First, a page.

Reports that Microsoft could launch its own Surface smartphone next year have surfaced again, leading some tech experts to ask: "Why, pray tell, why?"
The latest round of speculation began Monday when the China Times reported Microsoft will launch its own smartphone under the Surface brand during the first half of 2013.
In addition, BGR cited a trusted source indicating that Microsoft plans to release its own Windows Phone 8 smartphone in the coming months.
Microsoft officials in the past six months have denied working on a Microsoft-branded smartphone. The denials came even as the company took heat for building its own Surface-branded tablets, which compete with Microsoft's third-party manufacturing partners building Windows 8 tablets.
Microsoft could not be reached early Wednesday for comment on the latest reports about a Surface smartphone.
Samsung, HTC and Nokia have all announced Windows Phone 8 smartphones for release this fall.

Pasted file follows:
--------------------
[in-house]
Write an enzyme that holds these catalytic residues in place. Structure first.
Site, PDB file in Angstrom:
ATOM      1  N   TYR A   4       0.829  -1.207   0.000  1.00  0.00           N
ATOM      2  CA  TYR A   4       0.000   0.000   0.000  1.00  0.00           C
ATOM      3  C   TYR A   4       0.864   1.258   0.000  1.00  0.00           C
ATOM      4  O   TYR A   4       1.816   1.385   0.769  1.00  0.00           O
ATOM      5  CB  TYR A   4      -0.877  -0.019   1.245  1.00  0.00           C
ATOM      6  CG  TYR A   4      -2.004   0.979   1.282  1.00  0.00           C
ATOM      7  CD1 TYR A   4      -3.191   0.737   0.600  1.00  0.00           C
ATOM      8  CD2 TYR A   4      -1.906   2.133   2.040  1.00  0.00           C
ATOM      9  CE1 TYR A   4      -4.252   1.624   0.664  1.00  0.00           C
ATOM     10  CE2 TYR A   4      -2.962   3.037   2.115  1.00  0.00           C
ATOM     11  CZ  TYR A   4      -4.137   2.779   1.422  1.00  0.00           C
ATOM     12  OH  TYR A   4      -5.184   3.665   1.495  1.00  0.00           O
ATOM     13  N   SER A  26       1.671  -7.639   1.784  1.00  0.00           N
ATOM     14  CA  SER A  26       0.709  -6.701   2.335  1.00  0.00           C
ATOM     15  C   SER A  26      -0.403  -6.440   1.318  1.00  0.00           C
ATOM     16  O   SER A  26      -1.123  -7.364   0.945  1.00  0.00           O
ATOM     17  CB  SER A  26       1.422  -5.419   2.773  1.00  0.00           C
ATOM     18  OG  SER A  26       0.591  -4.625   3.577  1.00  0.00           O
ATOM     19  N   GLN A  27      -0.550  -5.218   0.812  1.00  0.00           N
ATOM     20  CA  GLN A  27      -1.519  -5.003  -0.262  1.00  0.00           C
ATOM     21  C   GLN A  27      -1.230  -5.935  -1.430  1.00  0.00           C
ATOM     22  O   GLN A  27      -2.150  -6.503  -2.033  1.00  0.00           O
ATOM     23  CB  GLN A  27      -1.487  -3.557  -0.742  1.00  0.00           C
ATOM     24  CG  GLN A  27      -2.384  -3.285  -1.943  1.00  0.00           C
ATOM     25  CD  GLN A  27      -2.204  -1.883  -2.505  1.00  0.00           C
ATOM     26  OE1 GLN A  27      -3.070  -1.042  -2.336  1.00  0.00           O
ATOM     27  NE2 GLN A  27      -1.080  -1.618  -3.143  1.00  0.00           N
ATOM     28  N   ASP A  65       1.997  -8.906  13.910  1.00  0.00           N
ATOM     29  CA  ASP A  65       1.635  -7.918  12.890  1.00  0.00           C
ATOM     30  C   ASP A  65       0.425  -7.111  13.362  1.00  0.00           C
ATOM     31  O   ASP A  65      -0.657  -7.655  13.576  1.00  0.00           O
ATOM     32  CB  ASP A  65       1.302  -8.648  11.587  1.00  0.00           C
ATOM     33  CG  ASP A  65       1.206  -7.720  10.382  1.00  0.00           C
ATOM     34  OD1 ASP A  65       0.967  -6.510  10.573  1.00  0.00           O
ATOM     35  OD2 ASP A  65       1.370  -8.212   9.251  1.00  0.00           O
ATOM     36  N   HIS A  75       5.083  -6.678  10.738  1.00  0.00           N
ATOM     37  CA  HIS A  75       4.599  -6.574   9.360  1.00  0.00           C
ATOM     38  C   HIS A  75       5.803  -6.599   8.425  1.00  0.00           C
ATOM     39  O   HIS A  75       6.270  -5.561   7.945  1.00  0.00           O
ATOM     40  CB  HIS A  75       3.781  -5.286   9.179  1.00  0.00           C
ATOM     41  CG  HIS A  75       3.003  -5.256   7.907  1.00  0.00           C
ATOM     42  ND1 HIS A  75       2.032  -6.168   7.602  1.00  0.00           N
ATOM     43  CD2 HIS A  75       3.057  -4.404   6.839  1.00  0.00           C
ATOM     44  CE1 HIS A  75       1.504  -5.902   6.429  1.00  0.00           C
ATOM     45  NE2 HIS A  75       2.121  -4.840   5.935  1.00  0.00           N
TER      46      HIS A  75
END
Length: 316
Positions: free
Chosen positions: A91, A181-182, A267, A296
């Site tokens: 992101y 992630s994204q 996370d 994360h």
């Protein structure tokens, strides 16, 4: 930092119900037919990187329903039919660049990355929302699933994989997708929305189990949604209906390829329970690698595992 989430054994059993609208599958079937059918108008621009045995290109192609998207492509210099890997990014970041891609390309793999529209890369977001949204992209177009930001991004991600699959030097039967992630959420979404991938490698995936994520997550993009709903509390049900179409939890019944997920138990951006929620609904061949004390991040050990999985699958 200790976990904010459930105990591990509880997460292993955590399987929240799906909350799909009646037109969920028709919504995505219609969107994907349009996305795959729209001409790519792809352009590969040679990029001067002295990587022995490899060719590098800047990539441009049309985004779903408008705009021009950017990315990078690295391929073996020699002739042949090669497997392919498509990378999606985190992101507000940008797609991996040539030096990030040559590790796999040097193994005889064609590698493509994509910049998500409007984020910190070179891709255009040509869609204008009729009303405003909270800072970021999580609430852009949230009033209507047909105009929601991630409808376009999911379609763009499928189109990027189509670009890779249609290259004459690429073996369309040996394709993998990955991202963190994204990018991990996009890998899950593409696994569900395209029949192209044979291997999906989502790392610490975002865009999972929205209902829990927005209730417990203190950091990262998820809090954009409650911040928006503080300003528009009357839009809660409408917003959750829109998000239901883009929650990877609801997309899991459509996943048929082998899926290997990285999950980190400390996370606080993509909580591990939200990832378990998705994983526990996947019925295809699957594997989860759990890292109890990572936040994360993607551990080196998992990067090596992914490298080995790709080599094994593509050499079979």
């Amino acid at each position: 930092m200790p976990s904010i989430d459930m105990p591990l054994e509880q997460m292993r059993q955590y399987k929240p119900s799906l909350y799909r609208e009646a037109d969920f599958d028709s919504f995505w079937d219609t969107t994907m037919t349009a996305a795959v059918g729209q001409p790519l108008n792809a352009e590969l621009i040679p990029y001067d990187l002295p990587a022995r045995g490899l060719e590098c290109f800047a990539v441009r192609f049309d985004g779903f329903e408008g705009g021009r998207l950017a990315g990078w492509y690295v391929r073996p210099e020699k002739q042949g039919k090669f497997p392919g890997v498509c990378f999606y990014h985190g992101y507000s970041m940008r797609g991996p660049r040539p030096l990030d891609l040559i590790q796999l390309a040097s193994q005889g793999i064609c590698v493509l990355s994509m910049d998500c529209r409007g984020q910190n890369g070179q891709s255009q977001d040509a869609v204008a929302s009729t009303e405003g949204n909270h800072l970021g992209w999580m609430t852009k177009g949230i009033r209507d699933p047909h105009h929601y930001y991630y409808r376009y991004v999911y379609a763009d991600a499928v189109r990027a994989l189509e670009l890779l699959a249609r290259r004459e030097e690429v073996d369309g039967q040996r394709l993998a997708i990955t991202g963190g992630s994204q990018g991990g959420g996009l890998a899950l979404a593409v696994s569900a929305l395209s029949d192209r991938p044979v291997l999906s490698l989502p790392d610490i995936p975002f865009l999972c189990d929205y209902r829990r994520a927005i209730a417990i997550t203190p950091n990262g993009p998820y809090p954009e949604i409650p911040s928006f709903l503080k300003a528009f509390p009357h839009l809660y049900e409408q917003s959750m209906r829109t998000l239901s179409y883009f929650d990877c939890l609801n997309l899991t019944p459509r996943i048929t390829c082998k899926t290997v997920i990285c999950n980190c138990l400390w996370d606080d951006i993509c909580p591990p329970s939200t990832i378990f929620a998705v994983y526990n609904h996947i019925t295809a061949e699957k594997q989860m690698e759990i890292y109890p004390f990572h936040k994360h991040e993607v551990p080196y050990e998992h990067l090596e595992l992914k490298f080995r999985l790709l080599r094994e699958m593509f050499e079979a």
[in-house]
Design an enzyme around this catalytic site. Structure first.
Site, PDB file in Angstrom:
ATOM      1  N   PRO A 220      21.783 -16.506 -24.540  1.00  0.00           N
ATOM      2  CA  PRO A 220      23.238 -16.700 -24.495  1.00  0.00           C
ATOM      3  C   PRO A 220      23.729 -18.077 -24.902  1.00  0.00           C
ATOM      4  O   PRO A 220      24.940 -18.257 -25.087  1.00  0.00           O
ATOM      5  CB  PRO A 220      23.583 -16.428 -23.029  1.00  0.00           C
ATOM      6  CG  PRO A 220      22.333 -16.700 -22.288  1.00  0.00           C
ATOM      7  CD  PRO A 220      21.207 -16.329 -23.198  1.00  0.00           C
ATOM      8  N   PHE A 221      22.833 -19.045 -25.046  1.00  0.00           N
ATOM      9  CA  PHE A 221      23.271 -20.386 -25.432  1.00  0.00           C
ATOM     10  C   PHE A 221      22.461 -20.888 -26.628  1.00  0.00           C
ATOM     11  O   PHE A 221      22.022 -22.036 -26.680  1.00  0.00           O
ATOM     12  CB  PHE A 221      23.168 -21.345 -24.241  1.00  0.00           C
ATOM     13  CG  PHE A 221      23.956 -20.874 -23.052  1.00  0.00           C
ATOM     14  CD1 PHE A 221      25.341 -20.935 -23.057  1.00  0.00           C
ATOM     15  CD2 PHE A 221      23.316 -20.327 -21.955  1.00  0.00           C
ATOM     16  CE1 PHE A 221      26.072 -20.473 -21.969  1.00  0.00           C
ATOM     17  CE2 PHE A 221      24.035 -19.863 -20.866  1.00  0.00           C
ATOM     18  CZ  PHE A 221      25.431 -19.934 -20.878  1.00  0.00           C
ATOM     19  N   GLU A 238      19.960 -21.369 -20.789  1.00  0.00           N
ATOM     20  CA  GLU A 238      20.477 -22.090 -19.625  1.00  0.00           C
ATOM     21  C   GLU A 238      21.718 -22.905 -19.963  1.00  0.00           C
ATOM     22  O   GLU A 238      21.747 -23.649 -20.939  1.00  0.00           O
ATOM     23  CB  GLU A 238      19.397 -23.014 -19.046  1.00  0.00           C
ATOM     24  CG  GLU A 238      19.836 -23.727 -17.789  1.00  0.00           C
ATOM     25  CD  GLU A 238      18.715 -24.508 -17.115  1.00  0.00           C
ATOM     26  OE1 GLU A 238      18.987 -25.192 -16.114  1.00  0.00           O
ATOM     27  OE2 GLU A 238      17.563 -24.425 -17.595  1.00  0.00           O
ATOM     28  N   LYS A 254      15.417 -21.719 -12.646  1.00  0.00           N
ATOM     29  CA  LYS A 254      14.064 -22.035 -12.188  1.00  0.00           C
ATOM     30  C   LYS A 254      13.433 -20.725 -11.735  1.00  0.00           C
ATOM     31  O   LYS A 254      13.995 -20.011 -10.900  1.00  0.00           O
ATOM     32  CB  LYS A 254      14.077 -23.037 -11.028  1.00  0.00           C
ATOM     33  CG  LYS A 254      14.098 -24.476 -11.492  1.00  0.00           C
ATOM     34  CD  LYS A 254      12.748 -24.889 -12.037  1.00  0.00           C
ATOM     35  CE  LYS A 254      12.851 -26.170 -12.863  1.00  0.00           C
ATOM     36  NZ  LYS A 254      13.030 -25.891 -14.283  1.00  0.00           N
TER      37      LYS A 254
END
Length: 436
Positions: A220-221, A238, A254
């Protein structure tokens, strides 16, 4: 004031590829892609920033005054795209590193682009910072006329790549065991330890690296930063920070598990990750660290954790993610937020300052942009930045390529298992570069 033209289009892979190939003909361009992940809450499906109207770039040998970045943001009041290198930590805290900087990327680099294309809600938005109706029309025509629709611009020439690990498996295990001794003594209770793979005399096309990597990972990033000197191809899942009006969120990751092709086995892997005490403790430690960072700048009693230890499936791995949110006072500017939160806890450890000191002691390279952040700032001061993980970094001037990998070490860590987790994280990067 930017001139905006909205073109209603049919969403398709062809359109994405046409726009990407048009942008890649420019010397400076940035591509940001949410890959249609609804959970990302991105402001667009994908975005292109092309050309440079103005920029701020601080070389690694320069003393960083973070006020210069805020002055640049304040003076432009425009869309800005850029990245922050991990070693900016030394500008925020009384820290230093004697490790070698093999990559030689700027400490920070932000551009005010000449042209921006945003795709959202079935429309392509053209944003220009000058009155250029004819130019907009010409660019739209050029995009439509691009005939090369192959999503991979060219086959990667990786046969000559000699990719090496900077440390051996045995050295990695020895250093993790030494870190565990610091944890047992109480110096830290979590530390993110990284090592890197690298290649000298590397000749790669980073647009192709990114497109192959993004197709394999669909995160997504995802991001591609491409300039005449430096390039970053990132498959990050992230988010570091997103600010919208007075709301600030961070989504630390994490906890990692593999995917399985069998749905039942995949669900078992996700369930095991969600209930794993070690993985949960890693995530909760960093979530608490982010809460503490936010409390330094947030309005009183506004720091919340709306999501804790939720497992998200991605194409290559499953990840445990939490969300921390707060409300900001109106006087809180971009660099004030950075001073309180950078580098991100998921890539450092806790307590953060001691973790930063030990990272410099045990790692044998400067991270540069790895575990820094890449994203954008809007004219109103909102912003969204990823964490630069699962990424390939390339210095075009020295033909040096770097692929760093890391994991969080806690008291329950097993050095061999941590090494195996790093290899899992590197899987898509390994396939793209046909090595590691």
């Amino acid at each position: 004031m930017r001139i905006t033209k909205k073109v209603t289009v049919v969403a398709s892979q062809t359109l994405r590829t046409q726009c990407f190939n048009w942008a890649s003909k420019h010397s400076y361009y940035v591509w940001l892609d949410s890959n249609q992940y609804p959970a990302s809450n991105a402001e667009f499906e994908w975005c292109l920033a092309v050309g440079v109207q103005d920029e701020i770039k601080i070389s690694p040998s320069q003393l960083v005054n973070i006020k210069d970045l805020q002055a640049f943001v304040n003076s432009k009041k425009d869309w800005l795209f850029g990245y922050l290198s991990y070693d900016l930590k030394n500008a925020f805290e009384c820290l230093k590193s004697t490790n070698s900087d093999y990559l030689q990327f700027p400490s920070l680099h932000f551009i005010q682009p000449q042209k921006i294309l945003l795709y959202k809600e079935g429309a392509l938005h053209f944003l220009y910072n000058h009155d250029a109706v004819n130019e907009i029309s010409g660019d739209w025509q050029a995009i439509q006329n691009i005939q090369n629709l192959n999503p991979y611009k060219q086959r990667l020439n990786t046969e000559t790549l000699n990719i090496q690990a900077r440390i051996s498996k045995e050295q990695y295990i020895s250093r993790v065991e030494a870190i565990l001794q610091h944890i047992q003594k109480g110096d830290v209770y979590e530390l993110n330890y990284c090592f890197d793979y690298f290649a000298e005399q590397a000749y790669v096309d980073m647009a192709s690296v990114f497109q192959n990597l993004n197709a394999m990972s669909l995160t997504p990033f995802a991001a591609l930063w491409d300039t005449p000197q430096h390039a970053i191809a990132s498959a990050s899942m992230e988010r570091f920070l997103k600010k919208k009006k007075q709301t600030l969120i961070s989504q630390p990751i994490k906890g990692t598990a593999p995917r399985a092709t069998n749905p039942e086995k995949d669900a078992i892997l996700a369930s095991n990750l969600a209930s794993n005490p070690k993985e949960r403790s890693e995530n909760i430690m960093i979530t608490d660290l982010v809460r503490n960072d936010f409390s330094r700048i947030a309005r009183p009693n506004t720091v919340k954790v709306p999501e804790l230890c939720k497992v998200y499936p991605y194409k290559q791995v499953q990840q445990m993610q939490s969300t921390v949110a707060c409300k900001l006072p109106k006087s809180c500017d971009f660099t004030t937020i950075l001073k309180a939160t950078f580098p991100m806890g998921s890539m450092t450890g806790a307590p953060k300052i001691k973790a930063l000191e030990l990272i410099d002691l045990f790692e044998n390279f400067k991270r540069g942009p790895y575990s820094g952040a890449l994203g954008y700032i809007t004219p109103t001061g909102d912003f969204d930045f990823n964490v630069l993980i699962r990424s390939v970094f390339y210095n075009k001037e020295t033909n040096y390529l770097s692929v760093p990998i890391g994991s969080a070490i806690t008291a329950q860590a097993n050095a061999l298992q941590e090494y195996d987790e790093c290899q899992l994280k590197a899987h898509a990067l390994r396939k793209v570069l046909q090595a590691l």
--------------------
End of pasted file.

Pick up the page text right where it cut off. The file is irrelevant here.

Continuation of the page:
Given the friction a Microsoft-built smartphone might cause, the company may be worried that its smartphone partners cannot build a Windows Phone successful enough to take on Android devices or the iPhone, some analysts speculated.
Or Microsoft may simply hope to "kick-start the market" for Windows Phone devices, said Jack Gold, an analyst at J. Gold Associates. According to research firm IDC, Windows Phone has about 5% of the global market for smartphones, based on sales of Windows Phone 7 and 7.5 and earlier phones on Windows Mobile.
For Microsoft to build and sell a Surface smartphone "makes no sense," Gold said. "If the relationship with Nokia is that troubled that Microsoft needs to do its its own phone, it says that Windows Phone 8 is in trouble even before it launches."
Calling Microsoft's sales of the KIN phone a "disaster," Gold added, "I can't see Microsoft in the phone business being successful. If these stories are true, it may also say that Microsoft has no confidence Nokia, Samsung or HTC can make the Windows Phone successful on their own."
Even if Microsoft is only trying to kickstart the market with a Surface phone "that still sends the wrong message to the market," Gold said. "I'd be shocked to see Microsoft get into the phone business, given all the negative ramifications of doing so. But Microsoft has made missteps before."
Matt Hamblen covers mobile and wireless, smartphones and other handhelds, and wireless networking for Computerworld. Follow Matt on Twitter at @matthamblen or subscribe to Matt's RSS feed. His email address is firstname.lastname@example.org.
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